Compiled by Bobbie Reno, East Greenbush Town Historian from research of Catherine Emerson, Niagara County Historian
Betsy Doyle was born around 1790. She is listed in few documents. Those found so far, she has different given names of Betsy, Mary or Fannie.
Betsy’s husband, Andrew Doyle was born in St. David’s, Canada in 1788. An interesting note regarding Andrew’s residency is found in a letter from Colonel Simon Larned to the Adjutant General in Washington, and appears as follows in a publication by Catherine Emerson titled An Industrious and Worthy Woman: The Chronicle of Betsy/Mary Doyle and Her Husband Andrew, “Mrs. Doyle, who lived near Niagara Fort, had her husband Andrew Doyle taken prisoner & sold to England being born in Canada but not residing there since he was 4 years old.”
As seen earlier, Andrew Doyle lived in Canada until about the time of his joining the 1st US Artillery in 1810. Did the couple come up with this story to protect Andrew who might have otherwise been looked upon with suspicion as a scion of a Loyalist family? One cannot help but wonder if he too, helped lead the Americans up the heights of Queenston. His parents immigrated to the Burford/Blenheim area following the Revolution. He probably wanted to keep very quiet about his Canadian origins, and with the fluidity of the border after the American Revolution, such a statement would not raise eyebrows.”
As stated, Andrew enlisted as a private in the First Regiment of United States Artillery, commanded by Colonel John Roger Fenwick at Fort Niagara on February 2, 1810 when tensions with Britain were heating up.
The date when Betsy and Andrew married is not known, However, the 1801 Standing Orders established for the United States Army, women accompanying the Army were required to be married to an enlisted man. Betsy accompanied Andrew to Fort Niagara. Betsy and Andrew had four children. The names and fate of their children are unknown at this time.
Accompanying her husband to Fort Niagara, Betsy would have been put to work as a washerwoman or hospital matron, doing most likely the drudge work of cleaning soiled linen, cleaning rooms and preparing food.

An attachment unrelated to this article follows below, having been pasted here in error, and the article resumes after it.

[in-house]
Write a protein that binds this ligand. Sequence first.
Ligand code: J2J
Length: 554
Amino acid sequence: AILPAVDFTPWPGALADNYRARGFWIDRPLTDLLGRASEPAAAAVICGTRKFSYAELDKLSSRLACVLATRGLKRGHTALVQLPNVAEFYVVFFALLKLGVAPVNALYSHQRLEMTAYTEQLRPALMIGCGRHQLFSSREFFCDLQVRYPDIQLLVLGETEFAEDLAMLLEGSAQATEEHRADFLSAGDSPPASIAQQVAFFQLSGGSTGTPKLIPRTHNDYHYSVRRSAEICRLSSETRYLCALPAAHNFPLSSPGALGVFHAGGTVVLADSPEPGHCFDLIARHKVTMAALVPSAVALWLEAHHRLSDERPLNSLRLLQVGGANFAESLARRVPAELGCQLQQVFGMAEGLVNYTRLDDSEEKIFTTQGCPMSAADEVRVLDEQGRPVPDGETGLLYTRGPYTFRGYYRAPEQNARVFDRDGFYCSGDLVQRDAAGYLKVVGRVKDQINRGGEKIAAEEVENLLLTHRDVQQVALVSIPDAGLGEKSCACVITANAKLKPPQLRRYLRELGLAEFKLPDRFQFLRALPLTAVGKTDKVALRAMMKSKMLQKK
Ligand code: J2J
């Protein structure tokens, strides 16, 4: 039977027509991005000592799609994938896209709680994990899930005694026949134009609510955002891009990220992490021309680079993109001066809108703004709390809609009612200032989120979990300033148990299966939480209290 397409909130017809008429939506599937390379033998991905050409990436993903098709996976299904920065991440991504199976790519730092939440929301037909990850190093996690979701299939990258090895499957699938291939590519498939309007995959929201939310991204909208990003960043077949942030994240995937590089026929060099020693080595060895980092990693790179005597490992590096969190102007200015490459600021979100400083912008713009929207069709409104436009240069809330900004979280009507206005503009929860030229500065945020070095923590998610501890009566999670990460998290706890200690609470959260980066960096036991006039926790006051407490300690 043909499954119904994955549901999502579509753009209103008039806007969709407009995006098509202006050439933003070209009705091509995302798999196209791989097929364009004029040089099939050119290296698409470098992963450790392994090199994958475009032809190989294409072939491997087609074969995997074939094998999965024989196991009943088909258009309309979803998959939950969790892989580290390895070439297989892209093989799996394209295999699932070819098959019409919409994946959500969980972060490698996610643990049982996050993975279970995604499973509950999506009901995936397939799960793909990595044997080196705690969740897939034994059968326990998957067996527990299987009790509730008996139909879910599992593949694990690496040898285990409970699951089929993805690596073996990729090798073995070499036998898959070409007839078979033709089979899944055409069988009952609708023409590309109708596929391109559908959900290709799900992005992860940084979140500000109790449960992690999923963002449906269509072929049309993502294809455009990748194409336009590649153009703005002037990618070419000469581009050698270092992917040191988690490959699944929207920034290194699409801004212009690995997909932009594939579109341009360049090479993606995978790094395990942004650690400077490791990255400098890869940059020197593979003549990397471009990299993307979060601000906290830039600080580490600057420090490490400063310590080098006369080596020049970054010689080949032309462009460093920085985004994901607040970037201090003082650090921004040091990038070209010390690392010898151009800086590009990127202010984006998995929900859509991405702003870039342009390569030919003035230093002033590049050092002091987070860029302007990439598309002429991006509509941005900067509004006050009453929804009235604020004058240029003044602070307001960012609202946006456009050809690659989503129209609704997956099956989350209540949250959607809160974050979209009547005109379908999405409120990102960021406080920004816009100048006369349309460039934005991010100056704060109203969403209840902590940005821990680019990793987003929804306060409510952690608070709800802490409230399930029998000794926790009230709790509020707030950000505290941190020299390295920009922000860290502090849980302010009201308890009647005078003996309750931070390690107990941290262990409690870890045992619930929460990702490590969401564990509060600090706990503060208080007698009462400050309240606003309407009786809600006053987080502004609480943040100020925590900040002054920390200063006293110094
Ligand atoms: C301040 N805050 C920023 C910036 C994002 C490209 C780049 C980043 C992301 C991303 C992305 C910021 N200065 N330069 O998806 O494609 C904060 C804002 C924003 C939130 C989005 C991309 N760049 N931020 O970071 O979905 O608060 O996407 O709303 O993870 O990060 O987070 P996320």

In June of 1812 war was declared against Great Britain. On October 13, 1812, the United States decided to invade Canada resulting in the Battle of Queenston
Andrew Doyle is Captured by the British
On the afternoon of October 12th, Andrew Doyle and 109 other members of the 1st US Artillery marched from Fort Niagara to Lewiston Landing to join the battle in Queenston. The next day on the 13th the Americans came up against the British Army and a fierce battle ensued. Reinforcements failed to appear. This battle ended with the surrender of the Americans. In all the British captured 436 US regulars and 489 militia. The militia and “walking wounded” were paroled back to the American lines. However, the British detained some men whom the British deemed “Subjects of the Crown.” Andrew having been born in Canada was one of them. These men were taken to Quebec and then aboard a British Man O War ship and sailed to England to stand trial as traitors to the Crown.
Betsy, having no knowledge of her husband’s circumstances at this time, remained at Fort Niagara.
On November 21, 1812 at 6:00pm the British stationed at Fort George opened fire with their batteries of guns and cannons on Fort Niagara. Fort Niagara returned heavy fire. Among the artillery barrage, the Americans on the rooftops of buildings in Fort Niagara fired “Hot Shot” from cannons.
What is Hot Shot? Hot Shot is non-explosive cannonballs heated red hot for the purpose of setting fire to enemy buildings, ships, or equipment. The method used to serve the Hot Shot was to heat the shot in fire pits in the ground or in constructed ovens. But loading hot shot was difficult and dangerous. The hot iron could cause gunpowder to explode prematurely in the cannon, wounding or killing anyone nearby.
Betsy carried red-hot cannonballs from a fire to the 6-pound cannon mounted on the roof of the mess-hall. Although one man was killed and five others wounded while loading hot shot, Betsy survived the barrage, and her bravery was mentioned in official reports. The story of her actions spread quickly among officers stationed in the region.
Betsy’s Heroism is recorded in the Journal of Lt. Colonel George McFeely, Commander of Fort Niagara: One man was killed and four wounded from the bursting of one of our twelve pounders, this was occasioned by a hot ball which had expanded by the heat and got fast in the gun, where a vacuum was formed and when fired burst into ten thousand pieces. Another twelve pounder went off when the man was in the act of ramming and took off both his hands about the wrist, this was owing to the gun getting very hot and the man at the vent having no thumb stool (stall).